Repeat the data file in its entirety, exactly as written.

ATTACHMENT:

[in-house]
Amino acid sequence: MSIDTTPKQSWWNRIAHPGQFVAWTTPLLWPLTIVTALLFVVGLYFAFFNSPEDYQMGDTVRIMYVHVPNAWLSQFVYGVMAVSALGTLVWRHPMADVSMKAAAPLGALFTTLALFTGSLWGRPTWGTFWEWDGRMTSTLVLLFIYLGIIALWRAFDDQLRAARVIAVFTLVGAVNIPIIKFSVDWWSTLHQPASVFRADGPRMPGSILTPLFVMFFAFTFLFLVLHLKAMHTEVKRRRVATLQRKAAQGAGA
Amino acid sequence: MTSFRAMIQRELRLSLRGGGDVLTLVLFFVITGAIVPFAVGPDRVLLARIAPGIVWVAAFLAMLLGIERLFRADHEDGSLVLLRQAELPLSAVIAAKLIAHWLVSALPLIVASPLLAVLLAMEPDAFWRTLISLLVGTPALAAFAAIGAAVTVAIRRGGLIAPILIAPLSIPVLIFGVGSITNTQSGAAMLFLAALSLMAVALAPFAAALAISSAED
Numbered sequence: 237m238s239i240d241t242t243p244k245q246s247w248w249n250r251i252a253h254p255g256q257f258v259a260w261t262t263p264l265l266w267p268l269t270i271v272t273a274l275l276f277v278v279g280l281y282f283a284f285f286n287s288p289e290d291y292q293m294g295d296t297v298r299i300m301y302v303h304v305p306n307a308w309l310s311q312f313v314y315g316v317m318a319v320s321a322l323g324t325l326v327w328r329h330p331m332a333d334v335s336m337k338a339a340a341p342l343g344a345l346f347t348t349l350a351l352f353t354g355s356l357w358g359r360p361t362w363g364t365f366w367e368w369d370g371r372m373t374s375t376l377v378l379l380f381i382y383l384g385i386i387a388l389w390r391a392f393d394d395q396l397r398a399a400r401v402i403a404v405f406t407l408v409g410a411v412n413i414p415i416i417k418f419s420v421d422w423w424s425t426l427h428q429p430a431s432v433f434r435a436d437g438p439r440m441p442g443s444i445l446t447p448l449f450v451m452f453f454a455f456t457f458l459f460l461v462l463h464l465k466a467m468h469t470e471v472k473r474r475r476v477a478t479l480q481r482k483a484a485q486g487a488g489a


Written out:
[in-house]
Amino acid sequence: MSIDTTPKQSWWNRIAHPGQFVAWTTPLLWPLTIVTALLFVVGLYFAFFNSPEDYQMGDTVRIMYVHVPNAWLSQFVYGVMAVSALGTLVWRHPMADVSMKAAAPLGALFTTLALFTGSLWGRPTWGTFWEWDGRMTSTLVLLFIYLGIIALWRAFDDQLRAARVIAVFTLVGAVNIPIIKFSVDWWSTLHQPASVFRADGPRMPGSILTPLFVMFFAFTFLFLVLHLKAMHTEVKRRRVATLQRKAAQGAGA
Amino acid sequence: MTSFRAMIQRELRLSLRGGGDVLTLVLFFVITGAIVPFAVGPDRVLLARIAPGIVWVAAFLAMLLGIERLFRADHEDGSLVLLRQAELPLSAVIAAKLIAHWLVSALPLIVASPLLAVLLAMEPDAFWRTLISLLVGTPALAAFAAIGAAVTVAIRRGGLIAPILIAPLSIPVLIFGVGSITNTQSGAAMLFLAALSLMAVALAPFAAALAISSAED
Numbered sequence: 237m238s239i240d241t242t243p244k245q246s247w248w249n250r251i252a253h254p255g256q257f258v259a260w261t262t263p264l265l266w267p268l269t270i271v272t273a274l275l276f277v278v279g280l281y282f283a284f285f286n287s288p289e290d291y292q293m294g295d296t297v298r299i300m301y302v303h304v305p306n307a308w309l310s311q312f313v314y315g316v317m318a319v320s321a322l323g324t325l326v327w328r329h330p331m332a333d334v335s336m337k338a339a340a341p342l343g344a345l346f347t348t349l350a351l352f353t354g355s356l357w358g359r360p361t362w363g364t365f366w367e368w369d370g371r372m373t374s375t376l377v378l379l380f381i382y383l384g385i386i387a388l389w390r391a392f393d394d395q396l397r398a399a400r401v402i403a404v405f406t407l408v409g410a411v412n413i414p415i416i417k418f419s420v421d422w423w424s425t426l427h428q429p430a431s432v433f434r435a436d437g438p439r440m441p442g443s444i445l446t447p448l449f450v451m452f453f454a455f456t457f458l459f460l461v462l463h464l465k466a467m468h469t470e471v472k473r474r475r476v477a478t479l480q481r482k483a484a485q486g487a488g489a